It’s Wednesday, so we’re talking about faith. Got any? Need some? Have a little to share?
A few weeks ago, I talked about a man named Gideon. A scared, weak man, hiding in a winepress trying to thresh wheat. We talked about The Angel of the Lord (Pre-Incarnate Jesus) coming to see him, calling him a brave man. You can read or refresh yourself with the story HERE.
Today, I want to talk about the same man from the same book. Judges. Gideon, the man who begged over and over for God to confirm through a sign that he was supposed to deliver God’s people from the Midianite’s oppression. Gideon would throw out what’s called a fleece and God would prove that He hadn’t made a mistake–that Gideon was His man.
You can read about scared Gideon in Chapter 6 of Judges.
Gideon pulls together an army, not the biggest one, but one none-the-less. However, God knows it’s too big for Him to get the glory. He instructs Gideon, (7:4-8) and shortens his army down to 300 men. The odds didn’t look good by human standards, but that was God’s point.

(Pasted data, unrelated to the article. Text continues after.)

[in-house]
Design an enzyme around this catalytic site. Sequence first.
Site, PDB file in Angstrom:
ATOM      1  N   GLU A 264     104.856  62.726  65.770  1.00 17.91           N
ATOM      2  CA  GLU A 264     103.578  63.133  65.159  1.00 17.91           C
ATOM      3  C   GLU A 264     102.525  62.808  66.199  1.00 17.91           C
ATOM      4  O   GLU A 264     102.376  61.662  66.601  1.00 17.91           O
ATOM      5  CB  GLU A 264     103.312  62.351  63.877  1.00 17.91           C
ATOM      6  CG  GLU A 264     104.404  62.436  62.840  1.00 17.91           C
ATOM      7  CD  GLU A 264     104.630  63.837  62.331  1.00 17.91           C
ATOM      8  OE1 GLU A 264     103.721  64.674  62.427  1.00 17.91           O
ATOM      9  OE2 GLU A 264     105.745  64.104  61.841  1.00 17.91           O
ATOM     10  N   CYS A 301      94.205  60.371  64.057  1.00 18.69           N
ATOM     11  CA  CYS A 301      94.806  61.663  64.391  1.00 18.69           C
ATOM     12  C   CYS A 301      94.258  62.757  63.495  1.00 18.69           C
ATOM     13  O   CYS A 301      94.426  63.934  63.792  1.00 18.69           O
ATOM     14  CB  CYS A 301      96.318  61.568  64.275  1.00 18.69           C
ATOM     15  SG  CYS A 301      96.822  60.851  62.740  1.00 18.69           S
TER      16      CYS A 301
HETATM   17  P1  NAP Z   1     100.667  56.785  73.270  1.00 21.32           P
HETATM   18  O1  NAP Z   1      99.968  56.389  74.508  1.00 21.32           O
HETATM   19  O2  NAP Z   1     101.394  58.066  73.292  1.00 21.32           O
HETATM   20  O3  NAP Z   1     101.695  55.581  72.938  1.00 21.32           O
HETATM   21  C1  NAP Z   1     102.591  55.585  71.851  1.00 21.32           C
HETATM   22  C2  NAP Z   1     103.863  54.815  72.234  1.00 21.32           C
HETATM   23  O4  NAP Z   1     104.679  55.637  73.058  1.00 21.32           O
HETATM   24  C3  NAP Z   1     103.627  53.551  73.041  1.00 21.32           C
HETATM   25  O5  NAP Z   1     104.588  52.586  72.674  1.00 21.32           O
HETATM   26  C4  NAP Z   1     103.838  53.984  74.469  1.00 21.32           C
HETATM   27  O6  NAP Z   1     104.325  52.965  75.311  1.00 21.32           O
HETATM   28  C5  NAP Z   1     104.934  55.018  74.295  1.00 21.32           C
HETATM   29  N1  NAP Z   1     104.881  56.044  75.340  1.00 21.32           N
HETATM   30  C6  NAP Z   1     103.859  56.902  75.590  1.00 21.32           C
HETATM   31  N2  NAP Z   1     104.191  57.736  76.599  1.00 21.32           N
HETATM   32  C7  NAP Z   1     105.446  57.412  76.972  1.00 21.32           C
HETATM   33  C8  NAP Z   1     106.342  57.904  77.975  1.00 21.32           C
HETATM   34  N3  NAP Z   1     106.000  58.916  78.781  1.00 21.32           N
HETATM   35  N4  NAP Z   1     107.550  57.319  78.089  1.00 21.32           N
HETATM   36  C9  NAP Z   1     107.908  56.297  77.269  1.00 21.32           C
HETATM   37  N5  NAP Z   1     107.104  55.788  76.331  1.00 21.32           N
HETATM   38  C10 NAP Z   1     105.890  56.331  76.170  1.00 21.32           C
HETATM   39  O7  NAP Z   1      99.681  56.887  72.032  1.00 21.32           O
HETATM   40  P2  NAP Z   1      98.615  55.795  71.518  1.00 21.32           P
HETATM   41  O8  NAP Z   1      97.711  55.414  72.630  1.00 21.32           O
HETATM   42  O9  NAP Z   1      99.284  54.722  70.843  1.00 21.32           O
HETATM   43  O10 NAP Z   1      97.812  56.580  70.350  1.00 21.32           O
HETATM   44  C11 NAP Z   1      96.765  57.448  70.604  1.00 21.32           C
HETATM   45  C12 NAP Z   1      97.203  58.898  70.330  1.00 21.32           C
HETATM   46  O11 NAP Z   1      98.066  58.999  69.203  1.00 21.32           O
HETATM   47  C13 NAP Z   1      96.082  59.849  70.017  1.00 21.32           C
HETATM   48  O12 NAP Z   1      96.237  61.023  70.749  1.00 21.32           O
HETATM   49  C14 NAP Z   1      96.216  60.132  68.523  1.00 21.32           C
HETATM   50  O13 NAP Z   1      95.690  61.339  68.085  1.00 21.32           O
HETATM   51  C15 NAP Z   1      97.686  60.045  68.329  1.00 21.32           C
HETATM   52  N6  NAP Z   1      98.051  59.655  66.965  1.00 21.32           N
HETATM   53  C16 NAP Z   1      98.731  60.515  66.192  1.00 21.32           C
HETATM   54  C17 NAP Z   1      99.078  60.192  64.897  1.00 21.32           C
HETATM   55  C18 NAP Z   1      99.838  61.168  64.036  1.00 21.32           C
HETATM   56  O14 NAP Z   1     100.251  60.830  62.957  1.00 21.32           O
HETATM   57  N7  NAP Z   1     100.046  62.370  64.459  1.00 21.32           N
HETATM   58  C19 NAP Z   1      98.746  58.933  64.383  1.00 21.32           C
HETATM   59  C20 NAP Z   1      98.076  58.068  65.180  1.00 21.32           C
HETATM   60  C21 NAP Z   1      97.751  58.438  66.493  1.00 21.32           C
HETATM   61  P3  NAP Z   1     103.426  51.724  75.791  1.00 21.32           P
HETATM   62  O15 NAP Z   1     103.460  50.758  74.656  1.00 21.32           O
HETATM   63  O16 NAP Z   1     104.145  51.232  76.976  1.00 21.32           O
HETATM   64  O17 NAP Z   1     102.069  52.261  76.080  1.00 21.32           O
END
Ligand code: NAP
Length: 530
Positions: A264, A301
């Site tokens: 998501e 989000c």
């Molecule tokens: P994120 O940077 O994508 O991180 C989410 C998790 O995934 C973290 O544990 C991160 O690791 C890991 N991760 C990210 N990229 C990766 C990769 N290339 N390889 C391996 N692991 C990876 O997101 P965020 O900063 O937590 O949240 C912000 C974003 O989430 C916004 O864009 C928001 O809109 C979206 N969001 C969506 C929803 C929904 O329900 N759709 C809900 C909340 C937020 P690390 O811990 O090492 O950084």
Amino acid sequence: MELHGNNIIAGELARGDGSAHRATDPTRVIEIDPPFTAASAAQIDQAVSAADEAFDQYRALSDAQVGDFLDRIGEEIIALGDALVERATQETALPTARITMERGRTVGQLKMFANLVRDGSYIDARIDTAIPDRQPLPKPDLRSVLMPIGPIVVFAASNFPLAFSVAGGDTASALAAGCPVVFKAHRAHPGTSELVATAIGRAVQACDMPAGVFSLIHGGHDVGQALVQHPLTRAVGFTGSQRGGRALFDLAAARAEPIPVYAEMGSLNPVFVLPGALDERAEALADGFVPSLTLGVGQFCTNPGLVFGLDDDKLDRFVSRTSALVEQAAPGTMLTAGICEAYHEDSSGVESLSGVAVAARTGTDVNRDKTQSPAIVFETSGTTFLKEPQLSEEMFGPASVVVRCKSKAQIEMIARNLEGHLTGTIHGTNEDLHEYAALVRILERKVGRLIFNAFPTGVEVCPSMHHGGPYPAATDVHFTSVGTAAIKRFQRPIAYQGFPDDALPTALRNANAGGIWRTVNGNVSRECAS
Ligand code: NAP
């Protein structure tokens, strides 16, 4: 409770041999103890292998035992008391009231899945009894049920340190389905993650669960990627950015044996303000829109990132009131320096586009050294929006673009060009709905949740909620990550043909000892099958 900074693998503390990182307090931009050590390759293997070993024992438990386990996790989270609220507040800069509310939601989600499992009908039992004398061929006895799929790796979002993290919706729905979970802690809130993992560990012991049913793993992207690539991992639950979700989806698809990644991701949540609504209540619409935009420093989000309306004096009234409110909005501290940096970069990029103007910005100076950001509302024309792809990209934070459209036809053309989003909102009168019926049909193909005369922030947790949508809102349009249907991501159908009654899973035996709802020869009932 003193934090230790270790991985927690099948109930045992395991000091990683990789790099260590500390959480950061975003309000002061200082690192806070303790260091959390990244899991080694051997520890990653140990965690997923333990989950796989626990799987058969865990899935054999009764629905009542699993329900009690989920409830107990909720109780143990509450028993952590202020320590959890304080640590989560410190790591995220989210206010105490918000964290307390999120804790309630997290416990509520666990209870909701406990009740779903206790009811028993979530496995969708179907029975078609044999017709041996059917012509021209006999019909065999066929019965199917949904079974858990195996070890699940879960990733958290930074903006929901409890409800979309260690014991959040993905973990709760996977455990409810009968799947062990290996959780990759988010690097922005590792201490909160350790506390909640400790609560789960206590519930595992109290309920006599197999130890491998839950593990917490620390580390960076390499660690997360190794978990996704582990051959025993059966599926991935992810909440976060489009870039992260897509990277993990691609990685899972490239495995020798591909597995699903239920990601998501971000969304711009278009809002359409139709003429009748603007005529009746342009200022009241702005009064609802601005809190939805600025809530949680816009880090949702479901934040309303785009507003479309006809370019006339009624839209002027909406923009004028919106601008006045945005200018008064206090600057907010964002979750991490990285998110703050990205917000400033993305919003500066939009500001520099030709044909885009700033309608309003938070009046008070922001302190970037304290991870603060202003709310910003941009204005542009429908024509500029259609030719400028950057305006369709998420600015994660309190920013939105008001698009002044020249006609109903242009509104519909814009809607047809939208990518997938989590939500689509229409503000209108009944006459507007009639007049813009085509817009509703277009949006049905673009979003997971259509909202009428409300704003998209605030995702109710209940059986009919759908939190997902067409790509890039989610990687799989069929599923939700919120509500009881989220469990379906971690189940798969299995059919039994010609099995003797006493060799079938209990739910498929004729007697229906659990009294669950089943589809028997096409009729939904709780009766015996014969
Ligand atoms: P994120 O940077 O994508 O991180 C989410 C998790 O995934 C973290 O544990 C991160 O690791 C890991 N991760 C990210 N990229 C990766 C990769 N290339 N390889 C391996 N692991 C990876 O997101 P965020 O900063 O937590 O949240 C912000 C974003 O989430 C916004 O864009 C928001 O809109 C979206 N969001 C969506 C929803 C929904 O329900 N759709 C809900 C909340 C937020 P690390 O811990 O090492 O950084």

Man can’t do it without Me.
God has a Plan.
Gideon is probably freaking out about now. He’s hesitant to begin with, but he’s being obedient. Now he has 300 men out of more than 22,000 to start with and God is going to use this pitiful army to take down the Midianites and Amalekites. Gulp!
I wonder if the men could sense Gideon’s apprehension. Maybe the whispers amongst the camp sank what minimal courage he had further down toward his tail. Just about the time he’s ready to turn it and run, God speaks to him.
Paraphrase: “Gideon, if you’re still shaking in your boots, and we all know you are, go down with your buddy that you’ve been whining to and listen. I think you’ll hear something to muster up some courage, you brave guy you.” Judges 7:9-12
God had a plan to save his people from these vicious warriors. It’d been laid out all along, He just needed Gideon to partner with Him.
Gideon and his servant, Purah (don’t get me started on the names) slip down in the thick of night and what happens…
God Precedes and Perfects.
They stop dead in their tracks. Someone is talking. One of the enemies is sharing a dream he just had with one of his comrades. “To my surprise, a loaf of barley bread tumbled into the camp of Midian; it came to a tent and struck it so that it fell and over turned, and the tent collapsed.” (7:13)